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Longfin – SEC’s Emergency Freeze of $27 Million in Stock Sales

Longfin – SEC’s Emergency Freeze of $27 Million in Stock Sales

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SEC Obtains Court Order Freezing More Than $27 Million in Trading Proceeds from Allegedly Illegal Distributions and Sales of Restricted Longfin Stock

On April 6, 2018, the Securities and Exchange Commission announced that it obtained a court order freezing more than $27 million in trading proceeds from allegedly illegal distributions and sales of restricted shares of Longfin Corp. stock involving the company, its CEO, and three other affiliated individuals.

According to an unsealed complaint, shortly after Longfin Corp. began trading on NASDAQ and announced the acquisition of a purported cryptocurrency business, its stock price rose dramatically and its market capitalization exceeded $3 billion. The SEC alleges that Amro Izzelden “Andy” Altahawi (“Altahawi”), Dorababu Penumarthi (“Penumarthi”), and Suresh Tammineedi (“Tammineedi”) then illegally sold large blocks of their restricted Longfin shares to the public while the stock price was highly elevated. Collectively, through their sales, Altahawi, Penumarthi, and Tammineedi procured more than $27 million in profits.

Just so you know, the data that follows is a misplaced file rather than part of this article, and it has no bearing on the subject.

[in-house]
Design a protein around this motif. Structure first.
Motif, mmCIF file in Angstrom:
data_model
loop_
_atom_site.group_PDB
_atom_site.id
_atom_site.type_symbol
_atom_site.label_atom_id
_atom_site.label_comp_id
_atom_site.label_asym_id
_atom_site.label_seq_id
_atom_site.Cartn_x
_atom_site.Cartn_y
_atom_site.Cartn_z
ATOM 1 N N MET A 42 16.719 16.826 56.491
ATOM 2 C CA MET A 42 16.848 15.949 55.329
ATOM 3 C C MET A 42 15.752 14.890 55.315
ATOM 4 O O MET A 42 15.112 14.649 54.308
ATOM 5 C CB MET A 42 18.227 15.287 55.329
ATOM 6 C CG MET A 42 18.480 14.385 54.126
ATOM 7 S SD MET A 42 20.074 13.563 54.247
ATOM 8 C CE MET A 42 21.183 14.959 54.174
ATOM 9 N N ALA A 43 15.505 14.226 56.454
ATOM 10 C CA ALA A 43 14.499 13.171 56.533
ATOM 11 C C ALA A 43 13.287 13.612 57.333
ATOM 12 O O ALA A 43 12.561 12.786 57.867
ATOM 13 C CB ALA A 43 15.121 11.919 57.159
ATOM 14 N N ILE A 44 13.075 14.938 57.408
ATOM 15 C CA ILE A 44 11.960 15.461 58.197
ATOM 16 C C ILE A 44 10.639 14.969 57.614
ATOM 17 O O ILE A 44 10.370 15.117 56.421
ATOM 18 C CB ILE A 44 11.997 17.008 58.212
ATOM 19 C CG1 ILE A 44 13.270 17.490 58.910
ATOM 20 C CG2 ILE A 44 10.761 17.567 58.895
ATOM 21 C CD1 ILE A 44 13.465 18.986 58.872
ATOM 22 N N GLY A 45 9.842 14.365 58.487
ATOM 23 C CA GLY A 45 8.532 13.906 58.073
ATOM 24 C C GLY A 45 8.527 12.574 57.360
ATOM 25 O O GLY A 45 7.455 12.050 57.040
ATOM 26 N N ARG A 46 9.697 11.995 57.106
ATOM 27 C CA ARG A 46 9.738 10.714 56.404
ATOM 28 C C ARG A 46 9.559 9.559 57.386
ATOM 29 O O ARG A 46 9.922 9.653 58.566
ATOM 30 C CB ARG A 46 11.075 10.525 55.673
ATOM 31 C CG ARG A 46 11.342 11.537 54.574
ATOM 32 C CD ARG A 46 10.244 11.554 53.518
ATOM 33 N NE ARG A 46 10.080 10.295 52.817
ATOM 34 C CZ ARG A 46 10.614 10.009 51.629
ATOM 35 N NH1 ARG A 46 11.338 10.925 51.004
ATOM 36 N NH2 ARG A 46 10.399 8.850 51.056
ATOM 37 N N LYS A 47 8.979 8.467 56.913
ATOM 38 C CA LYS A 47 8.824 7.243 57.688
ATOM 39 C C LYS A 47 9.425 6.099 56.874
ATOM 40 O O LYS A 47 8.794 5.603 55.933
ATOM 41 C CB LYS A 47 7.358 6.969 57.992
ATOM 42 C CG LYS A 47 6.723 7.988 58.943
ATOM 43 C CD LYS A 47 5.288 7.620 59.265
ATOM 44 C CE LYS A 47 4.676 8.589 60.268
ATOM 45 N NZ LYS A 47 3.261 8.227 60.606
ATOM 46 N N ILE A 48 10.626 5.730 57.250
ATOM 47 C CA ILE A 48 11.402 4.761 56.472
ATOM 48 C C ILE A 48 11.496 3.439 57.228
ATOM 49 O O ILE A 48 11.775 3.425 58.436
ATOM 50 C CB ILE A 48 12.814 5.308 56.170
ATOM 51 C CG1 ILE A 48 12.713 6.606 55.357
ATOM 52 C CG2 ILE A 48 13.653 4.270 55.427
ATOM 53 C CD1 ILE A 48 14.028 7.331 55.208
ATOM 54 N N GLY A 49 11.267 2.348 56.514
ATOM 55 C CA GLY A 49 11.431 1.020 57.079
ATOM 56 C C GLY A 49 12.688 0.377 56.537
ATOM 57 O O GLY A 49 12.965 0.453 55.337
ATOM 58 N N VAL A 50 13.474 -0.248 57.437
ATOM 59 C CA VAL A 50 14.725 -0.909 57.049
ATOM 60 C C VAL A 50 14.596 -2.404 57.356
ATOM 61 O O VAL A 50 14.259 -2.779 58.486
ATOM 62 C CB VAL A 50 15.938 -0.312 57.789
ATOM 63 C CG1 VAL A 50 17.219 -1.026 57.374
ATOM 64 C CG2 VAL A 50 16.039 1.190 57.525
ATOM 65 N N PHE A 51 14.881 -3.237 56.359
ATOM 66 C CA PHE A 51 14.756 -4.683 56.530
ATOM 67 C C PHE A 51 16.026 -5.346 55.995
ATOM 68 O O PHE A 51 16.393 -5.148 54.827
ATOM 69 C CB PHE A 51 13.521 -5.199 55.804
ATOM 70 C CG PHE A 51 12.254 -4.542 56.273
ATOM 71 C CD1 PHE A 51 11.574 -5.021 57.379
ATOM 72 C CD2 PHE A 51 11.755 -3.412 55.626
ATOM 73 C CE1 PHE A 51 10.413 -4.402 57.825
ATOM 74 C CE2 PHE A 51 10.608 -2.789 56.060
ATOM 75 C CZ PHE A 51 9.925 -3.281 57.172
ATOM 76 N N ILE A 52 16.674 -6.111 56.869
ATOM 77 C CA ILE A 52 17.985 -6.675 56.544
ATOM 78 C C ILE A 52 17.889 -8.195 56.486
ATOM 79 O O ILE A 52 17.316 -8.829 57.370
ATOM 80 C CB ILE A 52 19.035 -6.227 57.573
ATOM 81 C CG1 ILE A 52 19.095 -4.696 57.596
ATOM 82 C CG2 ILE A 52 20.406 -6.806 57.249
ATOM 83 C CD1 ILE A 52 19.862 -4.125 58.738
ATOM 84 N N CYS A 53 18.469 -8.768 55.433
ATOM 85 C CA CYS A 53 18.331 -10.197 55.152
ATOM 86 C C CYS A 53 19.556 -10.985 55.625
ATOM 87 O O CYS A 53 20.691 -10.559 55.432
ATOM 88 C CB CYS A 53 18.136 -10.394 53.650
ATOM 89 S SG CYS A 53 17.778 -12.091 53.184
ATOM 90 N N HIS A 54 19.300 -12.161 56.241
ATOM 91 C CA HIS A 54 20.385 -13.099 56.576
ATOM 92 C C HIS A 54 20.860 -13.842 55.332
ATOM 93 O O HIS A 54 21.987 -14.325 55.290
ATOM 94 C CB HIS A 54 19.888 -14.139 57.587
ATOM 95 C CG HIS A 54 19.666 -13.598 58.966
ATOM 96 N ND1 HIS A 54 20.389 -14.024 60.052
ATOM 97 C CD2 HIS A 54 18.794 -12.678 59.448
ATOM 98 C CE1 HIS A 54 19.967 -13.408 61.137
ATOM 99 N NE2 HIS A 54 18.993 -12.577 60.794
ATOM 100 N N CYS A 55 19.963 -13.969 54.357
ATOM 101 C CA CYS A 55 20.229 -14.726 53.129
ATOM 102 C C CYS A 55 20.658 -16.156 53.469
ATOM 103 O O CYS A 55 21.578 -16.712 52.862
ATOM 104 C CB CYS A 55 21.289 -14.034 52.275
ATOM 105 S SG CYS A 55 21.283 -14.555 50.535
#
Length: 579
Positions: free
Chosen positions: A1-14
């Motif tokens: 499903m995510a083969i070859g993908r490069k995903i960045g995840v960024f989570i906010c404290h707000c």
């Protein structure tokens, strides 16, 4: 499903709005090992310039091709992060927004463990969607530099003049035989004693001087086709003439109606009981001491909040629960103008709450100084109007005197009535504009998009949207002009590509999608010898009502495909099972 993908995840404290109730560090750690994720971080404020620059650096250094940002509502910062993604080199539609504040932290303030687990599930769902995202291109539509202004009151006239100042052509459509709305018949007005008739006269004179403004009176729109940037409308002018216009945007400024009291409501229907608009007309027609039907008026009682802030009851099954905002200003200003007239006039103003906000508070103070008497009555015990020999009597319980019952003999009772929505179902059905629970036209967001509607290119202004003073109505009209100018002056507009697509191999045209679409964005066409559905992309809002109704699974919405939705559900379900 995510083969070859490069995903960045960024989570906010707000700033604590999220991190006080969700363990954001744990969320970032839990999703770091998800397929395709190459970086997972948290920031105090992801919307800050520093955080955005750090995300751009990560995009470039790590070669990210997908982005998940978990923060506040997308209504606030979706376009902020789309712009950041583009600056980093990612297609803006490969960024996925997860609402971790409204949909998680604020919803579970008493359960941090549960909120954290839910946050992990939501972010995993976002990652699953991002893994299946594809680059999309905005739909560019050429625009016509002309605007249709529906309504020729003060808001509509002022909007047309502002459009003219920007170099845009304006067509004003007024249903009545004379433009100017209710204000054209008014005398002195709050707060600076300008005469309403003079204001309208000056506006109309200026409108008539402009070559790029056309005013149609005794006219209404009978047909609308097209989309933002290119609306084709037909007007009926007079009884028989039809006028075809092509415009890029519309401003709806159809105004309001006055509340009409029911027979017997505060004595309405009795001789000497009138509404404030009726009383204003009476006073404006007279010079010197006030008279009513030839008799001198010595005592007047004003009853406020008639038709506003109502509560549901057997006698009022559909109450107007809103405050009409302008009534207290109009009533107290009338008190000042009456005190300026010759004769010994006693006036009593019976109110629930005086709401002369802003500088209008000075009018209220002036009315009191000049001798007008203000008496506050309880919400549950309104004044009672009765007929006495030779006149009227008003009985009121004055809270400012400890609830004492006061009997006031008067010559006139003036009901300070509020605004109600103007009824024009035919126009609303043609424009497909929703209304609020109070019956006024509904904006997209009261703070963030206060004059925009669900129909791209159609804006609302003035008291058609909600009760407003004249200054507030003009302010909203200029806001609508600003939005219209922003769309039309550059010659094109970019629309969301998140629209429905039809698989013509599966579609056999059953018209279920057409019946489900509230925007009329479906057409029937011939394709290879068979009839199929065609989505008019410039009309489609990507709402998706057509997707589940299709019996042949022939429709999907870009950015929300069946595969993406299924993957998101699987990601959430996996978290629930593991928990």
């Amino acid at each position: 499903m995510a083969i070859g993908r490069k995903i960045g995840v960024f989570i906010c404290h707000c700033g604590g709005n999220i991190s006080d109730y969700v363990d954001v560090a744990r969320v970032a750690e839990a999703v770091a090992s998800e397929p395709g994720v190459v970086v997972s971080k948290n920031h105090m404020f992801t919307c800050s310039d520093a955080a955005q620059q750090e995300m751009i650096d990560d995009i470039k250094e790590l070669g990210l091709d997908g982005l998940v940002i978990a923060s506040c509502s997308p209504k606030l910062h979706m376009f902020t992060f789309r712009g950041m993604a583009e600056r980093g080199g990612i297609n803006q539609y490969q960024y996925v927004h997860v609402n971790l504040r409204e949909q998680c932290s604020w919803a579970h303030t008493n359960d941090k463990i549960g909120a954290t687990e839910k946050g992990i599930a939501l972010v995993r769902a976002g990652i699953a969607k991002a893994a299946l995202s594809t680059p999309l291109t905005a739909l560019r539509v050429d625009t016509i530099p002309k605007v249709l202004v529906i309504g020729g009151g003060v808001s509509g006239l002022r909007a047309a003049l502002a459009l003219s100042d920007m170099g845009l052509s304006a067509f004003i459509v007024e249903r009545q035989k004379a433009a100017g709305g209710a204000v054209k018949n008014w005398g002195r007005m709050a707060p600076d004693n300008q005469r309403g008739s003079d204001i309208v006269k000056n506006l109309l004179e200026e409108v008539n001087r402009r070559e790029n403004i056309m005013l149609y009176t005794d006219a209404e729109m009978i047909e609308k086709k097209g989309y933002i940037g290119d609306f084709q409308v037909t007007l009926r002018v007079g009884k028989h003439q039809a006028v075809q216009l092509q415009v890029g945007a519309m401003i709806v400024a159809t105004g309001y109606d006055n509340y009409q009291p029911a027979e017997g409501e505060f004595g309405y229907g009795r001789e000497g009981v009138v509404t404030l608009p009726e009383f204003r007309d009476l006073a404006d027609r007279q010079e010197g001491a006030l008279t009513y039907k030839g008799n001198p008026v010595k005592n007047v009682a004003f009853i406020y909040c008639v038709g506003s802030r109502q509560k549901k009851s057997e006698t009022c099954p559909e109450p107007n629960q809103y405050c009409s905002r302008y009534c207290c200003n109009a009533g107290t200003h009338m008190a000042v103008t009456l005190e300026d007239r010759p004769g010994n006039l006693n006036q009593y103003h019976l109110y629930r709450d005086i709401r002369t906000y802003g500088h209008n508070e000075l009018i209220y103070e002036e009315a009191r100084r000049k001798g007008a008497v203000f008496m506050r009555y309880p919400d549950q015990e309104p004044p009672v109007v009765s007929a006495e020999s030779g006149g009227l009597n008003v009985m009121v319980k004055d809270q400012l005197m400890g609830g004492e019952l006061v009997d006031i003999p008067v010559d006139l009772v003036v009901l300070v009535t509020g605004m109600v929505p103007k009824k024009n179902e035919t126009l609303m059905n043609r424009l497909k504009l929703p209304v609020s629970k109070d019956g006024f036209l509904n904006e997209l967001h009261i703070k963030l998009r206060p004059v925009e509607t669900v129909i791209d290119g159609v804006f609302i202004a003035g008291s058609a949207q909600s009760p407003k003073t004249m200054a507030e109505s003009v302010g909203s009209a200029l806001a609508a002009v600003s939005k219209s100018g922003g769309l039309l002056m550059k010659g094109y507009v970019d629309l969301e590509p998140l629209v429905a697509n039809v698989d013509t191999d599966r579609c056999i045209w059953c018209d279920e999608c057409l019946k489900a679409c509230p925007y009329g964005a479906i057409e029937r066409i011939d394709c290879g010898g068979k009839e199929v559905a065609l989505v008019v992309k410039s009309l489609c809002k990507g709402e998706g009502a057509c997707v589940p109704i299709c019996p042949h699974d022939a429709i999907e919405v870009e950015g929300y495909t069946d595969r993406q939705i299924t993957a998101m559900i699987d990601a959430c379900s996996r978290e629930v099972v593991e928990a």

According to the SEC’s complaint, Longfin’s founding CEO and controlling shareholder, Venkata Meenavalli (“Meenavalli”), caused Longfin to issue more than two million unregistered, restricted shares to Altahawi, who was the corporate secretary and a director of Longfin, and tens of thousands of restricted shares to two other affiliated individuals, Penumarthi and Tammineedi, who, allegedly, were acting as nominees for Meenavalli. The subsequent sales of those restricted shares violated federal securities laws that restrict trading in unregistered shares distributed to company affiliates.

The SEC’s complaint charges Longfin, Meenavalli, Altahawi, Penumarthi, and Tammineedi with violating Section 5 of the Securities Act of 1933. The complaint seeks injunctive relief, disgorgement of ill-gotten gains, and penalties, among other relief.

Securities and Exchange Commission v. Longfin Corp., et al

According to the SEC’s complaint, filed in United States District Court, Southern District of New York:

[The] action concerns over $27 million in unregistered distributions of Defendant Longfin securities in a public distribution by Longfin affiliates between December 2017 and February 2018. Defendants Altahawi, Tammineedi, and Penumarthi conducted these sales in violation of Section 5 of the Securities Act of 1933 (“Securities Act”) [15 U.S. C. § 77e], which prohibits such unregistered sales unless a specific exemption applies under the federal securities laws.  No exemption applied to these illegal transactions. Longfin and Defendant Meenavalli,

Longfin’ s Chairman and Chief Executive Officer, participated in and are liable for the Section 5 violations of Defendants Altahawi, Tammineedi, and Penumarthi.

From June 16, 2017 through December 11, 2017, Longfin sold 1,140,989 shares pursuant to SEC Regulation A [Regulation A -Conditional Small Issues Exemption, 17 C.F.R. §§ 230.251 -263], a set of rules that allows issuers to publicly sell securities under procedures that are less burdensome than those that otherwise would apply if the sales were registered as required by Section 5 of the Securities Act of 1933. Pursuant to the Regulation A exemption from registration, Longfin was qualified to sell up to 10 million shares of its Class A common stock.